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Lots of little and a few big flatties plus bycatch


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Went out early today with @antonywardle in his boat.  We launched at 6am to beat the holiday crowds with a plan to head outside to the flathead grounds and drift for bluespotted flatties.  

On the way out as we passed Box Head we saw a few fish boiling up the water so we decided to troll a couple of lures until we were past the head.  We didn't get so much as a nudge and to be honest neither of us have a clue what we are doing when it comes to trolled lures so after a short pass of the heads we wound in and headed on the way.  

Next stop was a small reef called The Bottles that I had marked on a previous trip that is more or less on the way to the flathead grounds.  We did a couple of drifts over that and picked up some yakkas, a slimey mackrel and a couple of small flatties once we crossed the reef.  We kept the yakkas and slimey for some fresh cut baits and headed on to the flathead grounds.  

We started drifting in about 45-46m of water and were quickly rewarded with bites.  We caught a heap of flatties pretty much one after the other - but unfortunately all well short of legal.  They ranged in size from large mud skipper to about 30cm. Honestly we stopped counting the fish.  We pulled one up on almost every drop and once I came up with a double, but all small.  We made the call to move out a bit deeper.  Just as I reached for my second rod to wind it in it was hit by what felt like a much better fish.  Unfortunately about half way up it busted off the hook from the bottom dropper on my paternoster rig.

We motored out a bit deeper - around the 52m mark.  We started a long drift and for a while there was nothing.  Then there were a few smaller flatties.  Then I brought up a legal fish - finally we were on the board.  Not long after @antonywardle went one better with a couple of really good flatties measuring about 45 and 50cm respectively.  

We motored up about halfway up our long drift because all the action was in the second half and tried again.  We picked up a couple more legal flatties and let one go that was legal, but only just and needed to fatten up a bit more in my opinion.  

Along the way we also pulled in a heap more small flatties including one that came up with one of the legal flatties and another double header as well.  I also pulled in what felt like a huge fish, but turned out to be a 27cm trev foul hooked and coming up sideways (went back).  I was fairly surprised as well when I pulled in a 25cm whiting from about 48m of water a couple of kms offshore.  Didn't think they would be that far outside and actively feeding.  I released that as well, but he did not look too healthy.  I suspect they don't handle barotrauma well.  I've got a release weight rigged on a handline in my boat, but we weren't in my boat.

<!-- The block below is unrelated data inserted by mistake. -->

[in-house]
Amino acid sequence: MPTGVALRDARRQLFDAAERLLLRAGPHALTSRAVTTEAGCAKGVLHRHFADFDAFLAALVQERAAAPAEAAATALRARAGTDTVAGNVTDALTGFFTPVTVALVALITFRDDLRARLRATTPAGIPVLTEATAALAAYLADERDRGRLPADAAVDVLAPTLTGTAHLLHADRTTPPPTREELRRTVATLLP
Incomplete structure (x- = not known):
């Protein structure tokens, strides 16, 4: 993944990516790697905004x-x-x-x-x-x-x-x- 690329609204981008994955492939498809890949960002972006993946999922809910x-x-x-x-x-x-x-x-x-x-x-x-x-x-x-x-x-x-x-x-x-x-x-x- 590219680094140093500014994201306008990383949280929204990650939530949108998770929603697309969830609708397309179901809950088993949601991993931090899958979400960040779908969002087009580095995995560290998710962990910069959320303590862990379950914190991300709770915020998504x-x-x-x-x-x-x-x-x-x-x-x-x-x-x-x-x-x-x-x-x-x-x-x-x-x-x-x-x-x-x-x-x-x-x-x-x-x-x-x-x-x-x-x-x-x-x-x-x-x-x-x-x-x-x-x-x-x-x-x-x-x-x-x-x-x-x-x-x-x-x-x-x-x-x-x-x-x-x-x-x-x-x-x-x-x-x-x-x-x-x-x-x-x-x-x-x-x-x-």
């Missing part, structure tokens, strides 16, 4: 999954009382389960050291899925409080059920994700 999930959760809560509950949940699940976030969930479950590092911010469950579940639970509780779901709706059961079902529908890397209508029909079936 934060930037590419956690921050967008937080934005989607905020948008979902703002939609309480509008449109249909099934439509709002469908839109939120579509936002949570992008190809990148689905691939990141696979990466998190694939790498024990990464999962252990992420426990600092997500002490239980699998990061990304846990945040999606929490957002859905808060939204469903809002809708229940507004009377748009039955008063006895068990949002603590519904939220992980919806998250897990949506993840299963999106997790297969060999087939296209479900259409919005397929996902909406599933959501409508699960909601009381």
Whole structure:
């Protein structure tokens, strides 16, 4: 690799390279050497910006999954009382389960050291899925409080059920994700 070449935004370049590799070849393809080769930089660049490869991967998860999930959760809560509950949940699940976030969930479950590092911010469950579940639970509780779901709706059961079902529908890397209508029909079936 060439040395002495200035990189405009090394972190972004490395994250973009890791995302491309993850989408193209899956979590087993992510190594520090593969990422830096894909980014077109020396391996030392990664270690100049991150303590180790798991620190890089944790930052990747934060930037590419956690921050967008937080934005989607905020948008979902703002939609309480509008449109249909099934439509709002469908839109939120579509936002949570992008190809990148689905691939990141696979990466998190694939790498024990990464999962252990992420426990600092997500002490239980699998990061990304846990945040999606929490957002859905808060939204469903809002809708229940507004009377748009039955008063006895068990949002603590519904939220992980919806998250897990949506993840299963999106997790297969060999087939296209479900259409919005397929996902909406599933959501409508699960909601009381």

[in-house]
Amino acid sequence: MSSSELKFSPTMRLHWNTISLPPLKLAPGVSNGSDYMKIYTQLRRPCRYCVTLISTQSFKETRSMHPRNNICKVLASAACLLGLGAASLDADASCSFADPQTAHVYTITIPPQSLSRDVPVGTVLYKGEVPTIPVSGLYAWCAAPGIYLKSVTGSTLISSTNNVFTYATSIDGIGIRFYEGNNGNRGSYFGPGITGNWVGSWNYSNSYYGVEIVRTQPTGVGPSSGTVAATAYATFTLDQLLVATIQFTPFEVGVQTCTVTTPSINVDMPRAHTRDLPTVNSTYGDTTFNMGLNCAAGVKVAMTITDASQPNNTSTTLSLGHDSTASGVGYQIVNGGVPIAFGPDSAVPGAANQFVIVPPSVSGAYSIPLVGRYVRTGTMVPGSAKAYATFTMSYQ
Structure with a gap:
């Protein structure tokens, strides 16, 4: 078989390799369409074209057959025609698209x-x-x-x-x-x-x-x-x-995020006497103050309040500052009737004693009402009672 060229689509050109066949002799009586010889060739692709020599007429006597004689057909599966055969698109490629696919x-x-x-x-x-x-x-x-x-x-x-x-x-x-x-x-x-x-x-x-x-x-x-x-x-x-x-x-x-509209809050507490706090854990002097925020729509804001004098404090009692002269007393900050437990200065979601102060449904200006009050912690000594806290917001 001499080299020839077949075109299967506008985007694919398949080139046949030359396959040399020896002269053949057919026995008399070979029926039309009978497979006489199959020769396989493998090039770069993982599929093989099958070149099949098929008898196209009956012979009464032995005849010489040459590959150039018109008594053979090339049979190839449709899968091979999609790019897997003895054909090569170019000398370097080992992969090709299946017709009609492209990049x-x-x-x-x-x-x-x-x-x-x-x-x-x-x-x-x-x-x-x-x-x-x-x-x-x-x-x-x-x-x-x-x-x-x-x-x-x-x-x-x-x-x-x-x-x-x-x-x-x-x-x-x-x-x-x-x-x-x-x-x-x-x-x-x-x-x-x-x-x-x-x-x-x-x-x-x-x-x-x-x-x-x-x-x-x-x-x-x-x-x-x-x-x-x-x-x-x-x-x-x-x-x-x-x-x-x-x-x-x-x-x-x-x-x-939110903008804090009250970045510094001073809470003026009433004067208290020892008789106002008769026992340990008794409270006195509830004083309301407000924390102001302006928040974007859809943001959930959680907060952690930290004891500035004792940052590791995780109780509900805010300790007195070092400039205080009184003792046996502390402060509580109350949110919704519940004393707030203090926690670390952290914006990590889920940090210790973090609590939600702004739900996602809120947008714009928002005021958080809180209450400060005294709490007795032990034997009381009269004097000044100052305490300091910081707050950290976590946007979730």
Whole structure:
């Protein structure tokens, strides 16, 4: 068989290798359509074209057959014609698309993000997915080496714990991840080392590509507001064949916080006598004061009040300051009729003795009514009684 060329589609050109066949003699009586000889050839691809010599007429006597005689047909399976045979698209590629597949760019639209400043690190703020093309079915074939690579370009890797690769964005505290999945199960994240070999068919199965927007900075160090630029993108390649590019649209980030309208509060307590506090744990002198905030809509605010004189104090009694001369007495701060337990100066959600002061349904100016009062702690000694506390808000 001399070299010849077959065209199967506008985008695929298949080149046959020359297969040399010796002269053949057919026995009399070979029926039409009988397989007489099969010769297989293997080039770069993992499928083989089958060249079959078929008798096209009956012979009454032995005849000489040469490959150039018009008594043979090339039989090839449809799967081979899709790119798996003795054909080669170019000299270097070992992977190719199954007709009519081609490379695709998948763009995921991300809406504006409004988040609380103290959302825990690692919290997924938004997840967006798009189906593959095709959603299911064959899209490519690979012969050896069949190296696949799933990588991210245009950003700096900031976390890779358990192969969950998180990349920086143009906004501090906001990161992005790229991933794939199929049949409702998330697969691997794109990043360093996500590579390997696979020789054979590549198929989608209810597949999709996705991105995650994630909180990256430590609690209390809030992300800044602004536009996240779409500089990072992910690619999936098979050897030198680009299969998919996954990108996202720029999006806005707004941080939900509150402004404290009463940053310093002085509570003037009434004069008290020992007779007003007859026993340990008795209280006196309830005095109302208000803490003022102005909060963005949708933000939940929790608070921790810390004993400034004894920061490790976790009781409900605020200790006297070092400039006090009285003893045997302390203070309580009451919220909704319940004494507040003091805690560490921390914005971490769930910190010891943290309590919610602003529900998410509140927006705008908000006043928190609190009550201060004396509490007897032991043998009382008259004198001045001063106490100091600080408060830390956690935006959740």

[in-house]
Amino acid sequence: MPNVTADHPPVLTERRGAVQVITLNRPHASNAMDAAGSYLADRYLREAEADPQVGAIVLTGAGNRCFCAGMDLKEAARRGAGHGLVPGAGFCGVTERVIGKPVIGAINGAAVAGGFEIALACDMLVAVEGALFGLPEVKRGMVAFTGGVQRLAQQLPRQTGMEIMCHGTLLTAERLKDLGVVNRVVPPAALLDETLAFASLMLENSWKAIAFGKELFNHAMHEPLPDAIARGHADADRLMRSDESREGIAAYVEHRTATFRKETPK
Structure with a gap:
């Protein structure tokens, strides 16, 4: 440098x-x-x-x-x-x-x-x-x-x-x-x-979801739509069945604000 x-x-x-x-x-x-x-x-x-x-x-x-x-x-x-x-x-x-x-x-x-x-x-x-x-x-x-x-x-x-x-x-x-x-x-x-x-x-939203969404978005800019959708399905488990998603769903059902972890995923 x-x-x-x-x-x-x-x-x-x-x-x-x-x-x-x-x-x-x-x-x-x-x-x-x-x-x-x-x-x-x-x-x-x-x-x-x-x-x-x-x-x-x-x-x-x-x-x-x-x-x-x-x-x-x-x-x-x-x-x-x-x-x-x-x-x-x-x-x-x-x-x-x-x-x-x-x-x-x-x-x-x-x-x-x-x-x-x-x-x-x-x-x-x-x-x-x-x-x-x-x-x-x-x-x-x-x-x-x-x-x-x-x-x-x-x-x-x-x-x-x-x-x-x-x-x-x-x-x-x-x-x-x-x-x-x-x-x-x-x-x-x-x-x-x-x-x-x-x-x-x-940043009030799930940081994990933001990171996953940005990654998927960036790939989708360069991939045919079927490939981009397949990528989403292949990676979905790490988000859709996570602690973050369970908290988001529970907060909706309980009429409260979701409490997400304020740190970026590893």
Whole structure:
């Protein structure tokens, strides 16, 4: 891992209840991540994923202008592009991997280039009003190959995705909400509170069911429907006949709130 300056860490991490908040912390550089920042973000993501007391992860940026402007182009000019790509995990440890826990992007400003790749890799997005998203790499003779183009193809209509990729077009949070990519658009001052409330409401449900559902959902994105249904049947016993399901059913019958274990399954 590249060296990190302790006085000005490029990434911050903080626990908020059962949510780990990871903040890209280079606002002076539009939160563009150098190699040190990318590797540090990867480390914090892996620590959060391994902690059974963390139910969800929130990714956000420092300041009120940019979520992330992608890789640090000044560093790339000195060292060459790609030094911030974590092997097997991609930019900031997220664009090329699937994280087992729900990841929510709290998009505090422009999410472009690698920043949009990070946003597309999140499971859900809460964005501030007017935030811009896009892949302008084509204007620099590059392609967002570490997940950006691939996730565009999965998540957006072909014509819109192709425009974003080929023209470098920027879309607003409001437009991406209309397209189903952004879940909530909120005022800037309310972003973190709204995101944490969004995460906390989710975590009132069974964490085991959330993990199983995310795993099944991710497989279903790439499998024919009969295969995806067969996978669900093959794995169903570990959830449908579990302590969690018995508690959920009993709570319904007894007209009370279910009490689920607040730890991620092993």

I could of sworn I caught a tailor as well at about 31 cms which I kept to use as cut bait on a future trip, but no idea where that went as we could not find it when it came time to divide the catch.  There was a big yakka that neither of us remembered catching - but I distinctly remember a tailor with its rows of sharp teeth... (did you find that later ant?)

At the top of the tide the bite dropped off and we were getting pretty hot and had a very good haul so decided to head back in.  All up we had 7 legal flathead and some leftover yakkas for future bait.  Because we both stopped counting the small fish we were throwing back I can't be sure, but I reckon we must have landed and released about 30 small fish between us.  We also had another 3 or 4 where it felt like a better fish but it got off half way up, plus one around 40cms fish that I lost at the boat when I snagged the end of my rod on my lifejacket as I turned to grab the net off Antony.  Still - we had a ball and I took home the 4 smaller fish (one of which Antony caught and kindly gave me) and Anthony took home 3 really nice flatties.  All up a great morning out on the water with a fellow raider.  Fish tacos were had tonight so my ever patient wife and kids were happy too.

Thanks for the company Antony - till next time!